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Technology Corner: 2005 Gift Giving

abstract:Each holiday season we review the latest technology gifts to thrill your loved one, and keep friends and family on top of the electronic media wave. There is something here  to please everyone.


December 21, 2005
 The Blackberry Cell Phone: Don't let the patent debacle steer you away from this awesome technology - a must for business people on the go. The only phone that allows you to send and receive email (other phones use SMS, Simple Messaging Service, which cannot communicate email to computers email)

Apple 60 GB iPod with Video Playback Black

Now you can put all your music in your pocket and still have room for practically everything else. Catch up on your reading with audiobooks. Browse your memories with photo slideshows, complete with music. Watch video podcasts, music videos and your favorite TV shows. Consult your calendar or look up an email address. Even check the time in another city or time your fastest lap. The new iPod keeps it all close at hand.

Got A Digitial Camera yet? You can click and save, e-mail, print, manipulate into art, and simply dump the duds. I've got the Canon G3 which is so easy to use, and is available new or used from Amazon. While you're at it, might as well throw in a bigger memory card (1000 photos!!) and a Canon Photo printer, the prices for these things have never been more affordable!

The iPod Holds 10,000 songs, tons of talking books, and is smaller than your cell phone; you can listen with hi-fidelity ear phones and groove anywhere. (Snowboarding gear has a spot for the ipod in their jackets and are wired to deliver sound up the sleeve to a touque or a helmut.)  Or you can power the iPod up with mini speakers and blast out a party anywhere! Visit the apple store online for more details. Better yet, buy it, you won't go wrong. Note: itunes has 5,000 audio books, both classic and current. For Mac and Windows.

iSight Once again by Apple, this baby lets you see your msn/e-mail partner over the Internet live for FREE and it's so easy anyone can set it up in minutes! If your folks live far away, your spouse travels frequently, kids are at college, or you are just plain tired of LD phone charges, this is for you! "The size of a Hostess Ho Ho, smooth motion, full screen & very little delay" says David Pogue's in this great article in Ciruits/NYT Dec 4th. Only costs $149, but of course you'll need two.


e-books Have you delved into these yet? My friend swears by them.  Here's a website to research with links to resources. Pick the one you like and start collecting your e-library. Advantages: public domain works (includes most classics) are generally available as free downloads, plus you can read while your partner sleeps! (It's got its own illumination.)

The ABC's of Browsers

A browser is a client software that you open when you want to surf the web. It reads the html (hypertext markup language) document and transforms it into sentences and images using commands that determine what font size and type to use, whether to format the page a certain way, whether there will be a hyperlink inserted to take you to a different web page, etc. Here's an example of html:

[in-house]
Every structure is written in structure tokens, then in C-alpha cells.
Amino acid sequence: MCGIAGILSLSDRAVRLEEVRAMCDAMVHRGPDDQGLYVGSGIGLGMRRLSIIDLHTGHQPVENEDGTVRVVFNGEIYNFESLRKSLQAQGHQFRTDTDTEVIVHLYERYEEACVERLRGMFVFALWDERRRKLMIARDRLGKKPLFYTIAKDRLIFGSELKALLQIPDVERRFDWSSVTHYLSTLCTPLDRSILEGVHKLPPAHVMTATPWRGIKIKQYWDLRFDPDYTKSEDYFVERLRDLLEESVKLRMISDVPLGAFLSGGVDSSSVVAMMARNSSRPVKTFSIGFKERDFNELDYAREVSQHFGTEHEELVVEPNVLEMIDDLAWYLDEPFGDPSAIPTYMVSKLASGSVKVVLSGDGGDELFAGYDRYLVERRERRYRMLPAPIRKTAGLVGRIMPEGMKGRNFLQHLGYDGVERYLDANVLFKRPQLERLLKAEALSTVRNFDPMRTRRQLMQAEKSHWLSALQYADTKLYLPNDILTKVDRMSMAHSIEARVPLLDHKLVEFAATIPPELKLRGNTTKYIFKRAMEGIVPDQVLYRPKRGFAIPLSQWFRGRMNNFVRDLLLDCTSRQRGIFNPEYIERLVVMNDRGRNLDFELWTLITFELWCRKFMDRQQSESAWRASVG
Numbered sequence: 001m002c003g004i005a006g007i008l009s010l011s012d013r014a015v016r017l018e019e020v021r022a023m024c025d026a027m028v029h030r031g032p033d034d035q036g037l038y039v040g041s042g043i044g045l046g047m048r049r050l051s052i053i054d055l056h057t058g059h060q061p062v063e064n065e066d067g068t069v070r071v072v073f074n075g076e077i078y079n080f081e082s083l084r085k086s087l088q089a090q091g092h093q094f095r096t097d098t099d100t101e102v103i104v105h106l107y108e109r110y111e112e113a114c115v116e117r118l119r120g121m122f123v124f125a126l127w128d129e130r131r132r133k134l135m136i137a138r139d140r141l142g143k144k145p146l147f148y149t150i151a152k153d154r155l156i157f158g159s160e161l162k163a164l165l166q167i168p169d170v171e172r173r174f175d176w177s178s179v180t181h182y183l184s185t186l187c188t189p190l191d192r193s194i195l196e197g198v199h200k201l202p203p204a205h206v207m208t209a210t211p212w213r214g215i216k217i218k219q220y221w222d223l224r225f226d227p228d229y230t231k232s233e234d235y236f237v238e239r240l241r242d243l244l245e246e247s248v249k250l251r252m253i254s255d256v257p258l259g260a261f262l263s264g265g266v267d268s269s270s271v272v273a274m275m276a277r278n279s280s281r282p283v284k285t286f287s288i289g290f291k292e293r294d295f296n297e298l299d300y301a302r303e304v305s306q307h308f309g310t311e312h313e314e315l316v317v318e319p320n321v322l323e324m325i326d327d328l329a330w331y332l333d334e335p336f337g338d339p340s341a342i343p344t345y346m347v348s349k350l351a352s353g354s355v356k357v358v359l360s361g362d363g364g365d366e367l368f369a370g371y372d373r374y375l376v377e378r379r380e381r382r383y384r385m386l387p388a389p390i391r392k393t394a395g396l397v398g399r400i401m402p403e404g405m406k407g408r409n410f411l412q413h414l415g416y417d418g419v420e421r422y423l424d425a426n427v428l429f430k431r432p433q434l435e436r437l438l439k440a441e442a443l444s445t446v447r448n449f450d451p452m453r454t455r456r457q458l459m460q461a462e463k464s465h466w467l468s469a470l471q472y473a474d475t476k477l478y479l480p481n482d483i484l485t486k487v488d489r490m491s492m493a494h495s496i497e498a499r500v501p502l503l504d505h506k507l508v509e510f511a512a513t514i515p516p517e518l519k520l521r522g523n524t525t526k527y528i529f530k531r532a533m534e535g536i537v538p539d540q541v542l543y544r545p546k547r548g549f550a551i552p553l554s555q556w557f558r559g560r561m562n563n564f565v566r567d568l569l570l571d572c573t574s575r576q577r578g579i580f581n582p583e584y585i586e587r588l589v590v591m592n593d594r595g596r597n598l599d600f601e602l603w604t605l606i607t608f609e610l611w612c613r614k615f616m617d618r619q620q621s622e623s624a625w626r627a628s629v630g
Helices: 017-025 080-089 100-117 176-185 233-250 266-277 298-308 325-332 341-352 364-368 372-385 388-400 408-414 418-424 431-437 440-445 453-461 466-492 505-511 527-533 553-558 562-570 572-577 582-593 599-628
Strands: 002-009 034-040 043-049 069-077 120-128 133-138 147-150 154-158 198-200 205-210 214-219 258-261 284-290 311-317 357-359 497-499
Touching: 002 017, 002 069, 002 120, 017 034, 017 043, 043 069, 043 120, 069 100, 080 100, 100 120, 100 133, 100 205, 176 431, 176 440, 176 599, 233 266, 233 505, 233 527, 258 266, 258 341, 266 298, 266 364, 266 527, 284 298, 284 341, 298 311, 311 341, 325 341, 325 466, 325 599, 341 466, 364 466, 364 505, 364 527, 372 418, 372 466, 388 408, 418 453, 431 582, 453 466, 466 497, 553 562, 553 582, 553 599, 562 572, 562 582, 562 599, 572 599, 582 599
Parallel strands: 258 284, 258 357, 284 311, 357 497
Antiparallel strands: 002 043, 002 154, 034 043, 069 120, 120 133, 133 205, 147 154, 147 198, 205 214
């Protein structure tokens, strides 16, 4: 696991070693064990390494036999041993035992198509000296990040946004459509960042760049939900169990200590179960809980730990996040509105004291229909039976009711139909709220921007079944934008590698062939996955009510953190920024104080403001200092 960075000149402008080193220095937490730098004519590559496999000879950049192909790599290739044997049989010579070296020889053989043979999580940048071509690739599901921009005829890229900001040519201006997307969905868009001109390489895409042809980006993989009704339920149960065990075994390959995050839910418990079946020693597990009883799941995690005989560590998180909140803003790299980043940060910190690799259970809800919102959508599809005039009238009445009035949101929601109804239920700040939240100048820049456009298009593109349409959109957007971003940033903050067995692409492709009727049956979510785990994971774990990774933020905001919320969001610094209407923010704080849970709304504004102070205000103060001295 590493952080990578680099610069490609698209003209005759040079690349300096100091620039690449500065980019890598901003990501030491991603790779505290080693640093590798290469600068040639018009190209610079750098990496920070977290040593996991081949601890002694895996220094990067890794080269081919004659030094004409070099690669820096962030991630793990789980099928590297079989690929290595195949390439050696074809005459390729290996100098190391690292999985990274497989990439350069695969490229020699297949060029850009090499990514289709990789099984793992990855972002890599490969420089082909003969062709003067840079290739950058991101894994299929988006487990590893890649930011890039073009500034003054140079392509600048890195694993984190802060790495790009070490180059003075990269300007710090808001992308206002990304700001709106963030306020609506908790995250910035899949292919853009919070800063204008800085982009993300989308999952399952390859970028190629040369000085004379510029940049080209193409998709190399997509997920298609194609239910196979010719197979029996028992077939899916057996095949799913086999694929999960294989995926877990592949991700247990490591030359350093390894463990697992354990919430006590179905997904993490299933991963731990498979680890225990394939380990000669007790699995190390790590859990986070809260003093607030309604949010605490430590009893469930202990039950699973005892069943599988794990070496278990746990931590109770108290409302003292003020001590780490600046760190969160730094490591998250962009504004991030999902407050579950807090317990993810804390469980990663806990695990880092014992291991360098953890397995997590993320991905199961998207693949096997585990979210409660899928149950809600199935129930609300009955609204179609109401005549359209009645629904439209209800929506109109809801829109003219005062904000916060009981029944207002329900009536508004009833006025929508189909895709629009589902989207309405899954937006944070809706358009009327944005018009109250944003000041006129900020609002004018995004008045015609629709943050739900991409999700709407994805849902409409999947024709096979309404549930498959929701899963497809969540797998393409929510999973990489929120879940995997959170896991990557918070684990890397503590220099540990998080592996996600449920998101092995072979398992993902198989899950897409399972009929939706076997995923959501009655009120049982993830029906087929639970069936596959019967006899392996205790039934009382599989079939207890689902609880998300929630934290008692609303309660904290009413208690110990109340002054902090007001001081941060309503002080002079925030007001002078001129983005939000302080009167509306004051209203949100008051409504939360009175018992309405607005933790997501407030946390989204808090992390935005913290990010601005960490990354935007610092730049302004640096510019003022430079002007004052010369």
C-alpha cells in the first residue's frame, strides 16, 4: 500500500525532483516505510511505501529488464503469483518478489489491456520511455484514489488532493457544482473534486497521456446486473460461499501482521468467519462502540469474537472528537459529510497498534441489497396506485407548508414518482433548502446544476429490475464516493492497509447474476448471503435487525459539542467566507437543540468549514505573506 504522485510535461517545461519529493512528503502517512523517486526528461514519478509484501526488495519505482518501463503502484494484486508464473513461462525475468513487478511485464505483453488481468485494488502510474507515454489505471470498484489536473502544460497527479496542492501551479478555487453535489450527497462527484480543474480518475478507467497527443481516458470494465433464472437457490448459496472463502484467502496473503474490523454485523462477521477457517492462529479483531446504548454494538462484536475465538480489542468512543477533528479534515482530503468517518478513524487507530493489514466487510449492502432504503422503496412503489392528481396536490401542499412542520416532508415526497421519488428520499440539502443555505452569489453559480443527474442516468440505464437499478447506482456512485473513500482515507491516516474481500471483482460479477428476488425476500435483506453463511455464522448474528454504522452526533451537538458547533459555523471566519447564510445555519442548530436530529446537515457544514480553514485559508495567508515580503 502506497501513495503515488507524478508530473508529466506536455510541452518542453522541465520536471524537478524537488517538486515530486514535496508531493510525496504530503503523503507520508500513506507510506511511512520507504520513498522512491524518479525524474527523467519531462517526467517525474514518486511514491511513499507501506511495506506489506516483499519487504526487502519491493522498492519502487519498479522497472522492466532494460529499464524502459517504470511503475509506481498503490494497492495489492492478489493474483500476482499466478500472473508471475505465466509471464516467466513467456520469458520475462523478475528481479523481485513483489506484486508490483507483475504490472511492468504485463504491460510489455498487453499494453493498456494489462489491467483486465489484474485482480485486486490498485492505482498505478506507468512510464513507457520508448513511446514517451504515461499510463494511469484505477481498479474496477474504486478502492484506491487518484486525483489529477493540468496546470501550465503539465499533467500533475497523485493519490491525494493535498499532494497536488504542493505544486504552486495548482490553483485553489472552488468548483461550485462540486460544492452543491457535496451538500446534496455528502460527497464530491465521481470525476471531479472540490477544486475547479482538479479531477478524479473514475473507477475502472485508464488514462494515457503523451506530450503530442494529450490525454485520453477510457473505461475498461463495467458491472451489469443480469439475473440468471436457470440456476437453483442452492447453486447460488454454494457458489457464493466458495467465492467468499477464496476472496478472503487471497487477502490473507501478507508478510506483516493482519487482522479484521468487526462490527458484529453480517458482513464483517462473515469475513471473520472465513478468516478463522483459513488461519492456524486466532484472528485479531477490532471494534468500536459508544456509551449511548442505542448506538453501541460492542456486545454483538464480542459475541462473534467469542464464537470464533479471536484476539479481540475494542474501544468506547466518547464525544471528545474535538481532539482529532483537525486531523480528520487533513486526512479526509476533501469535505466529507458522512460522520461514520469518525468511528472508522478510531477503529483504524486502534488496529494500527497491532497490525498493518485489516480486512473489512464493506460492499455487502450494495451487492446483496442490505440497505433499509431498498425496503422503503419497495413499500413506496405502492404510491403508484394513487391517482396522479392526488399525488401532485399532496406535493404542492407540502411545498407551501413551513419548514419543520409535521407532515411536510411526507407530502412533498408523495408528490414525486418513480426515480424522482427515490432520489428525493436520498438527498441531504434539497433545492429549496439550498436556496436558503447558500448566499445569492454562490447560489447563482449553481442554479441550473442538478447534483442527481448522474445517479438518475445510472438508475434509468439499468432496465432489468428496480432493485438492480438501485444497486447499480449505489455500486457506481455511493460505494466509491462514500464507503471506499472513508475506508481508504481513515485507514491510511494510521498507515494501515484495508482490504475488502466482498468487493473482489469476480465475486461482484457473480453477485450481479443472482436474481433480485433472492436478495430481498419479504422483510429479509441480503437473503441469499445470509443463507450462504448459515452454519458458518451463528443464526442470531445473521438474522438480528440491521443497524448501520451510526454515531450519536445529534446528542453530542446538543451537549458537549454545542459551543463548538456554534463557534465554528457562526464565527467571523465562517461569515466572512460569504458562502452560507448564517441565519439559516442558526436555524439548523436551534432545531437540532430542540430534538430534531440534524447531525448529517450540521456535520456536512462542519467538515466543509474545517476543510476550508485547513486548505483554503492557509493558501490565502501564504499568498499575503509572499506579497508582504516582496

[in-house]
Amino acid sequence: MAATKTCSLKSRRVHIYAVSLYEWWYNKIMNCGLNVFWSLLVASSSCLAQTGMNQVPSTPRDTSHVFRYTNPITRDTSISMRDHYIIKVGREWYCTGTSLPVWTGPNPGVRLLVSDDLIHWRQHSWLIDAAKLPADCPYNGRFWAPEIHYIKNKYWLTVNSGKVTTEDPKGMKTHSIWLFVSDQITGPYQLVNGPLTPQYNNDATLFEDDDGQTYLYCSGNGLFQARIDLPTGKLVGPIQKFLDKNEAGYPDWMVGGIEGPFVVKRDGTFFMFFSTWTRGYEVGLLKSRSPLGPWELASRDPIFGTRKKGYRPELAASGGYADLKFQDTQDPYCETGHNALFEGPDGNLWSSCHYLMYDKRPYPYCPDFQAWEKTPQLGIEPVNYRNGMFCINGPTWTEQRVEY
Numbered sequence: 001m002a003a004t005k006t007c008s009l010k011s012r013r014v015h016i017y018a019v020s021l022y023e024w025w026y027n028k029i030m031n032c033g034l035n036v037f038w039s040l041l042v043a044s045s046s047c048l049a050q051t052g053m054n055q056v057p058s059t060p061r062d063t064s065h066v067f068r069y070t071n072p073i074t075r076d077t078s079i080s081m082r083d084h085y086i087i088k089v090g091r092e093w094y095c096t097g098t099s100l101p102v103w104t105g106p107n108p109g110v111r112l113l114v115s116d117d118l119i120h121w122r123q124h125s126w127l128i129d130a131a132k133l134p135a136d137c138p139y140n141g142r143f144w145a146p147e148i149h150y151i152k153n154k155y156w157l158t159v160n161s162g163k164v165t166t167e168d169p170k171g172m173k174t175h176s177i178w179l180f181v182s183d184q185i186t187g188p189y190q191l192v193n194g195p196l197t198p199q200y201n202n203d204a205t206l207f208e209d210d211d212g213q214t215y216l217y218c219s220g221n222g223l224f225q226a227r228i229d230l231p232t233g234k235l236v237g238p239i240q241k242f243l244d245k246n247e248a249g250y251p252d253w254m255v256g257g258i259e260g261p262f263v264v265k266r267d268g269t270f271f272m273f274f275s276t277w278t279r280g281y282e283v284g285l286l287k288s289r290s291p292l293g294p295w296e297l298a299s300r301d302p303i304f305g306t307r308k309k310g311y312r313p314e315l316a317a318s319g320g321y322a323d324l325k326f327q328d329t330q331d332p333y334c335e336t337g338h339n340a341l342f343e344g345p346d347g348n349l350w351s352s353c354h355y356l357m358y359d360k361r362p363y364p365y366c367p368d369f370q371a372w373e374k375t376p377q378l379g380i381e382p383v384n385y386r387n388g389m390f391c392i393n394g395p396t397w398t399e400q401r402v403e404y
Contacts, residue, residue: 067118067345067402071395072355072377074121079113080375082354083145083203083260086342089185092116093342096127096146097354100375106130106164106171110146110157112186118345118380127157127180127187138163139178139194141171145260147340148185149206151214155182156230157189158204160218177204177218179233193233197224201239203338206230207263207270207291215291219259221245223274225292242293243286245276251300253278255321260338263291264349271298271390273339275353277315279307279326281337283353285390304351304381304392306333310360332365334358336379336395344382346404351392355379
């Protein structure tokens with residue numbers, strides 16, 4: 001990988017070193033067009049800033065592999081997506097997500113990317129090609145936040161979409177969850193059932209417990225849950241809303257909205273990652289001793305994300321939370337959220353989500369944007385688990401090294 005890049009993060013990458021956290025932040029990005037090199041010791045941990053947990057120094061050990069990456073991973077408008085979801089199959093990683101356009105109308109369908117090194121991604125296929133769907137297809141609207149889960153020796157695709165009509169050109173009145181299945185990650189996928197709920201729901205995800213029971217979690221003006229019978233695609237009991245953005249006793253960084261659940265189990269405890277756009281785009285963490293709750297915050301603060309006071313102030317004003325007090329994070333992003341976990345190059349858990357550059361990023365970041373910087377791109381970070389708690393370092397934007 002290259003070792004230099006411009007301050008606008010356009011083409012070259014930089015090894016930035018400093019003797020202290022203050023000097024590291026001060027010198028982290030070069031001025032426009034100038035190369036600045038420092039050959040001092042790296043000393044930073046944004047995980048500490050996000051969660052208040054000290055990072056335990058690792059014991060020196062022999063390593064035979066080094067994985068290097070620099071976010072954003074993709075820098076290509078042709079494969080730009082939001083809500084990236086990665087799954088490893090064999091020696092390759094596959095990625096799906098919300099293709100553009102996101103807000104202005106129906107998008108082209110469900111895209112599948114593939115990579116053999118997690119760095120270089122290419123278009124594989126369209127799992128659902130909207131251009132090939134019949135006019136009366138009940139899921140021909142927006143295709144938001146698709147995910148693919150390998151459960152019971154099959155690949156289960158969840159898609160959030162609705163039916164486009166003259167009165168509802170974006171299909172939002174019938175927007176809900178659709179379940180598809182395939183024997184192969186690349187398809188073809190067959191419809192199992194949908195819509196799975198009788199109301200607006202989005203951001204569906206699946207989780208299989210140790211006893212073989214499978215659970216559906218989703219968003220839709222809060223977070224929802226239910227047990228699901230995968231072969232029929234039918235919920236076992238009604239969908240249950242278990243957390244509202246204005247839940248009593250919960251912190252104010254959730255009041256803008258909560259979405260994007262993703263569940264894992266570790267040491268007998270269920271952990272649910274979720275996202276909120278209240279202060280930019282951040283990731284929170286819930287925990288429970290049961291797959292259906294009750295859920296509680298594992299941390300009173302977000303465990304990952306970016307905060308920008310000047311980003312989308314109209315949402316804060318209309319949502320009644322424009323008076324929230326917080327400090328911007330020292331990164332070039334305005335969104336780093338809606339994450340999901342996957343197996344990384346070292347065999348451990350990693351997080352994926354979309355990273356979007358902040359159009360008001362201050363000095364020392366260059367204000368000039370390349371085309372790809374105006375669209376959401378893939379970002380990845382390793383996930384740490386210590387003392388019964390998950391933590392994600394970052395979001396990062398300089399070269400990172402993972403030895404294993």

The ABC's of Browsers

A browser is a client software that you open when you want to read an html (hypertext markup language)document.

You can see the computer code for a page you are visiting by clicking on VIEW in your browser menu, and select "source".

You can customize the browser you use with features such as: setting your opening page to a favorite site—the BBC World News or; you can bookmark your favorite sites; you can adjust your security settings to high, medium or low to allow for cookies or refuse pop-up windows, and so on.


What is a cookie? Cookies have a bad reputation, but they can be advantageous or disadvantageous. People tend to believe that by allowing a cookie to be set they are disclosing personal information. This may or may not be true. It is important to understand that html is "stateless", (it does not remember which page you're coming from or where you're going to next).

Each page on the web is completely independent of any other. In order for a website to remember information from a preceeding page when you click NEXT or BACK the sender and receiver have to have agreed to a "session managment".

This can be achieved in two ways, on the client side (cookies), or on the server side. A cookie is a small piece of information that is sent from the webserver to your browser during the time of your visit.

The kind of cookies you don't want are third party cookies. That's when, unbeknownst to you, you've visited a site and that site has shared your information with other websites its in cahoots with, and suddenly you're receiving spam from places you've never even visited. The solution is to go to "tools" on your browser bar, select "internet options" then "privacy" and set the cookies slide bar to "do not accept 3rd party cookies...".

What do they do with this information? For the most part it just helps them determine how best to optimise their site to handle your visits, and also to see which articles are popular so they can focus on features and editorial topics their readership is interested in. Sometimes they even use this information to switch ads next to the popular articles, to entice you to click on something you may otherwise have missed in a different spot. Ads bring in revenue and that helps pay the bills so you don't have to pay for access to the site. It's a good thing - as Martha would say.

And Now For The Bad News

The United States Computer Emergency Readiness Team has issued a warning to the public, and simply put: Microspft's IE (Internet Explorer) is not safe.

It's rather complicated, but in a nut shell... TO BE CONTINUED

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